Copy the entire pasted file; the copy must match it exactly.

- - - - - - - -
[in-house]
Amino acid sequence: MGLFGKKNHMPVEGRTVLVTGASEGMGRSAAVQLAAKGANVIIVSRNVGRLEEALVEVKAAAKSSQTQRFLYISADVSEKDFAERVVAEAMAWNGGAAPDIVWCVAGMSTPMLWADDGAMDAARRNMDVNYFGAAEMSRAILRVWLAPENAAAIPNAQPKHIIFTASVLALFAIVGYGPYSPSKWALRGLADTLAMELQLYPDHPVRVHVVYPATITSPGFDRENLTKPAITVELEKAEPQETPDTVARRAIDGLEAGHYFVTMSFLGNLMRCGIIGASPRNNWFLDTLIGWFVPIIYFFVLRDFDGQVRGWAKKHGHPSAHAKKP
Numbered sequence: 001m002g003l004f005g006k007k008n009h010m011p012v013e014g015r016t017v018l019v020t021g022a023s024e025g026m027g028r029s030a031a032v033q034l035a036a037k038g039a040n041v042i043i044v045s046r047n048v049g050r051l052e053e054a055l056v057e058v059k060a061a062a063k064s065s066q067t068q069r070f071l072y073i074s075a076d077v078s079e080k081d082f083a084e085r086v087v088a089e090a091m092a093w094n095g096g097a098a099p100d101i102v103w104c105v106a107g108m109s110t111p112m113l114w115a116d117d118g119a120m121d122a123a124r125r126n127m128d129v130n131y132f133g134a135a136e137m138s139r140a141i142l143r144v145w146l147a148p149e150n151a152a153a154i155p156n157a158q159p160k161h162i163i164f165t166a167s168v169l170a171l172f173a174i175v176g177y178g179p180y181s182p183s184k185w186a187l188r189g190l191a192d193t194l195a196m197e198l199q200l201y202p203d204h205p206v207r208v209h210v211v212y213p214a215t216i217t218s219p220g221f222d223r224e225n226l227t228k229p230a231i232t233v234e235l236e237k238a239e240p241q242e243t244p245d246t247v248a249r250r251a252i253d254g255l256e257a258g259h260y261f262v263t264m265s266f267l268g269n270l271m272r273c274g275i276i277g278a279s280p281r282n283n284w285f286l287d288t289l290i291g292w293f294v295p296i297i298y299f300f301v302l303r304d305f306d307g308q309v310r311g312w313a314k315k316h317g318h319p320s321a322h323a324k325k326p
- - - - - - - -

[in-house]
Amino acid sequence: MGLFGKKNHMPVEGRTVLVTGASEGMGRSAAVQLAAKGANVIIVSRNVGRLEEALVEVKAAAKSSQTQRFLYISADVSEKDFAERVVAEAMAWNGGAAPDIVWCVAGMSTPMLWADDGAMDAARRNMDVNYFGAAEMSRAILRVWLAPENAAAIPNAQPKHIIFTASVLALFAIVGYGPYSPSKWALRGLADTLAMELQLYPDHPVRVHVVYPATITSPGFDRENLTKPAITVELEKAEPQETPDTVARRAIDGLEAGHYFVTMSFLGNLMRCGIIGASPRNNWFLDTLIGWFVPIIYFFVLRDFDGQVRGWAKKHGHPSAHAKKP
Numbered sequence: 001m002g003l004f005g006k007k008n009h010m011p012v013e014g015r016t017v018l019v020t021g022a023s024e025g026m027g028r029s030a031a032v033q034l035a036a037k038g039a040n041v042i043i044v045s046r047n048v049g050r051l052e053e054a055l056v057e058v059k060a061a062a063k064s065s066q067t068q069r070f071l072y073i074s075a076d077v078s079e080k081d082f083a084e085r086v087v088a089e090a091m092a093w094n095g096g097a098a099p100d101i102v103w104c105v106a107g108m109s110t111p112m113l114w115a116d117d118g119a120m121d122a123a124r125r126n127m128d129v130n131y132f133g134a135a136e137m138s139r140a141i142l143r144v145w146l147a148p149e150n151a152a153a154i155p156n157a158q159p160k161h162i163i164f165t166a167s168v169l170a171l172f173a174i175v176g177y178g179p180y181s182p183s184k185w186a187l188r189g190l191a192d193t194l195a196m197e198l199q200l201y202p203d204h205p206v207r208v209h210v211v212y213p214a215t216i217t218s219p220g221f222d223r224e225n226l227t228k229p230a231i232t233v234e235l236e237k238a239e240p241q242e243t244p245d246t247v248a249r250r251a252i253d254g255l256e257a258g259h260y261f262v263t264m265s266f267l268g269n270l271m272r273c274g275i276i277g278a279s280p281r282n283n284w285f286l287d288t289l290i291g292w293f294v295p296i297i298y299f300f301v302l303r304d305f306d307g308q309v310r311g312w313a314k315k316h317g318h319p320s321a322h323a324k325k326p